Caster Oil Plant, native to the Eastern Hemisphere, probably Africa, is now a rampant weed in much of the world. In Victoria it is only occasionally established, near gardens from which it escapes, but it extends through a broad strip of southern and eastern Australia.
It’s a very successful weed because it grows vigorously in a range of habits, flowers much of the year, produces copious seed after only one year’s growth and that seed is distributed by animals, water, on our shoes and just by itself up to five metres following an explosive release from the capsule.
Ricinus communis belongs to the plant family Euphorbiaceae, most of which have odd flowers. Generally if you can’t work out what family a plant is in, and its flowers are a bit wacky, it’s a euphorb.
Like most euphorbs, Caster Oil Plan has two kinds of flowers, girl ones and boy ones. The boy ones are packed full of branching stalks topped with anthers full of pollen. They look like this:
The girls look almost medieval, like some kind of tiny mace decorated by a fancy red feathered crown. The feathery crown is the style, where the pollen lands to pollinate the flower. The spines are ornamentation, perhaps to ward of predators (and see toxins below).
I gather that on the right day you can hear these capsules split, sending seeds ricocheting off the ground, signs and your head. They then look like this.
The seed contains Castor Oil, used since at least 4000 BC (based on seeds found in Egyptian tombs) for lamp fuel and god bothering. In generations just a little before mine it was also promulgated as a laxative, even being used in extreme dosage for torture during the Second World War by Italians under the control of Mussolini. Before you rush out to purchase a bottle for personal use, do see below regarding its toxicity.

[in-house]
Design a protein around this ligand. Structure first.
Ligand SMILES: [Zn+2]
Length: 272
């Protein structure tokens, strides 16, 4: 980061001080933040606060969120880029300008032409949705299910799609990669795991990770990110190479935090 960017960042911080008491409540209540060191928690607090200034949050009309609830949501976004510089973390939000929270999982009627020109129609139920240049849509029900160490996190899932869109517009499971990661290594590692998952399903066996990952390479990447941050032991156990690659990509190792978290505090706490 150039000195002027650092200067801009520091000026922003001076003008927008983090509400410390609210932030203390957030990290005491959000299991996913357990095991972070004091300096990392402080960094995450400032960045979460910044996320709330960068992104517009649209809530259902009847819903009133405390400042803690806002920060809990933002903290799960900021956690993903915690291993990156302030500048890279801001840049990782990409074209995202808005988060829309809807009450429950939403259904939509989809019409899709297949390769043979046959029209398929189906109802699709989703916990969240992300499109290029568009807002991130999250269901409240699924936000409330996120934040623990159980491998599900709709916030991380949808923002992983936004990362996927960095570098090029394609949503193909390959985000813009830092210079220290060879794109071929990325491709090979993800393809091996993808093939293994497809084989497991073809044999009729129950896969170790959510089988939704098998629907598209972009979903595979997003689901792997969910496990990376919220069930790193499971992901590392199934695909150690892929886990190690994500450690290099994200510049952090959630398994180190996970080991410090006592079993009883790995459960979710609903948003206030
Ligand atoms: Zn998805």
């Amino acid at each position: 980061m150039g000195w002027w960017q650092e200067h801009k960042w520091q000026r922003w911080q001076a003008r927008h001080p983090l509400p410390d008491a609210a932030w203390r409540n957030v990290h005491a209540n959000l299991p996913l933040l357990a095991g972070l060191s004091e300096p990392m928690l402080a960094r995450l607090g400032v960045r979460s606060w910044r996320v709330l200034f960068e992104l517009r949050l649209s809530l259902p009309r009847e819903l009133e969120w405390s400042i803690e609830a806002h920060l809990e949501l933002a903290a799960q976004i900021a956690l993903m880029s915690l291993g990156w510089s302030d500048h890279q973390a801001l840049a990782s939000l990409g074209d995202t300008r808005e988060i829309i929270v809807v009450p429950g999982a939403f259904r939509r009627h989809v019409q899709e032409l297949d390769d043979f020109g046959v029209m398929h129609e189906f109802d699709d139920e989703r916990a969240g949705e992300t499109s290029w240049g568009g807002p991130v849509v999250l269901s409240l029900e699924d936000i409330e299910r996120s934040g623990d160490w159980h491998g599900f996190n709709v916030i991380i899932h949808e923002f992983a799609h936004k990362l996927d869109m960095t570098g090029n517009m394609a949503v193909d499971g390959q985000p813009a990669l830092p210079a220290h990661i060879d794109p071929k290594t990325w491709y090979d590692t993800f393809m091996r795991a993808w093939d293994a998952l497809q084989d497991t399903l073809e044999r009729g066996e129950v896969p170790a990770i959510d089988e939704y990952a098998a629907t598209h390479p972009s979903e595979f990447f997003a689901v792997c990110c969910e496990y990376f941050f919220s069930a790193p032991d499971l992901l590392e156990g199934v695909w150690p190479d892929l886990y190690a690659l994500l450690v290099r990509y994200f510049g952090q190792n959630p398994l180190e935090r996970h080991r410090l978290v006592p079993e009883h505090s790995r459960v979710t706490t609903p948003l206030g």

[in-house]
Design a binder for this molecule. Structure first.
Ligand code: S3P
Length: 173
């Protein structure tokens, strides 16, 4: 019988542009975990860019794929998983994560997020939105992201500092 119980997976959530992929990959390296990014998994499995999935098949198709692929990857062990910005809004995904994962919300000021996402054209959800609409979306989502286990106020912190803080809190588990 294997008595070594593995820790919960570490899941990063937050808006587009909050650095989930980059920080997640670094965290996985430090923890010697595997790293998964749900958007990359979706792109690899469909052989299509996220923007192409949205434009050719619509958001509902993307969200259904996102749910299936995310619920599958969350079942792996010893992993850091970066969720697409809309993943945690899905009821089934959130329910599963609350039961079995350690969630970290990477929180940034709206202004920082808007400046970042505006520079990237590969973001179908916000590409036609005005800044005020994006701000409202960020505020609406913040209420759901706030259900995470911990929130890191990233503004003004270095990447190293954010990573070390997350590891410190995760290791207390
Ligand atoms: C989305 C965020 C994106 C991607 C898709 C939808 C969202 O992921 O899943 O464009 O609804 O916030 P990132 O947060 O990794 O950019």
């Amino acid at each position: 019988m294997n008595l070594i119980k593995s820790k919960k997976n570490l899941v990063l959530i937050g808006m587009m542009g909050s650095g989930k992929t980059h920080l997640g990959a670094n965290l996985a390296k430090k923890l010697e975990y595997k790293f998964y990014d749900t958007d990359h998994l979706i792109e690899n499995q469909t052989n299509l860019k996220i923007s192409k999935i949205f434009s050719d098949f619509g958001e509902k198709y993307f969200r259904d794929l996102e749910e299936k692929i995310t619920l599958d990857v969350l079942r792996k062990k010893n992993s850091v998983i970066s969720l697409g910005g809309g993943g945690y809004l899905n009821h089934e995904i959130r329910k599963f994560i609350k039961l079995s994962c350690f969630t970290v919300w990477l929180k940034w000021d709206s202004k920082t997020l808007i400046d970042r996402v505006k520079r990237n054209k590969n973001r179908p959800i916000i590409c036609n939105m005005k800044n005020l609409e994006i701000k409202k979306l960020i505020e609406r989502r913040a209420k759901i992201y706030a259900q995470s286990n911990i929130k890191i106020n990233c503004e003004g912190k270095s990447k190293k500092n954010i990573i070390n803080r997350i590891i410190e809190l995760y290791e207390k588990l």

Cleopatra reputedly used it to whiten her eyes. Again, see below regarding toxicity and note that it reputedly also causes temporary blindness on contact with eyes. In China it has been used for dressing wounds as well as various internal complaints. Again, see below…
By most accounts you must avoid applying the plant to any part of your body, or vice versa. The claim on Missouri Botanical Garden website, and many others, is that this plant is ‘more toxic than any other plant to humans’. The culprit is something called Ricin.
Ricin is found throughout the plant, but more so in the seed. This molecule has two parts, one to get it inside an animal cell, the other to replace an essential part (an enzyme) in the pathway to producing protein within a cell. All this means that you die if you consume more than about half a gram of pure ricin if I’ve done my maths correctly.
However it turns out that it is more difficult to be poisoned that it seems. It is extremely emetic, which means if you ingest any you are most likely to vomit it back out again. And the molecules are large and difficult to get into an aerosol, so you are unlikely to inhale it.
Which is all very well but I’d recommend you definitely don’t eat, drink or inhale it. Remember that pests making the mistake of eating the plant usually don’t eat anything again.
[Images: All images from the Reserva Ecológica de Buenos Aires in Argentina, taken when I visited in April this year.
More reading: There are plenty of other potential uses for this plant, in medicine and extracting metals such as Cadmium from soils.]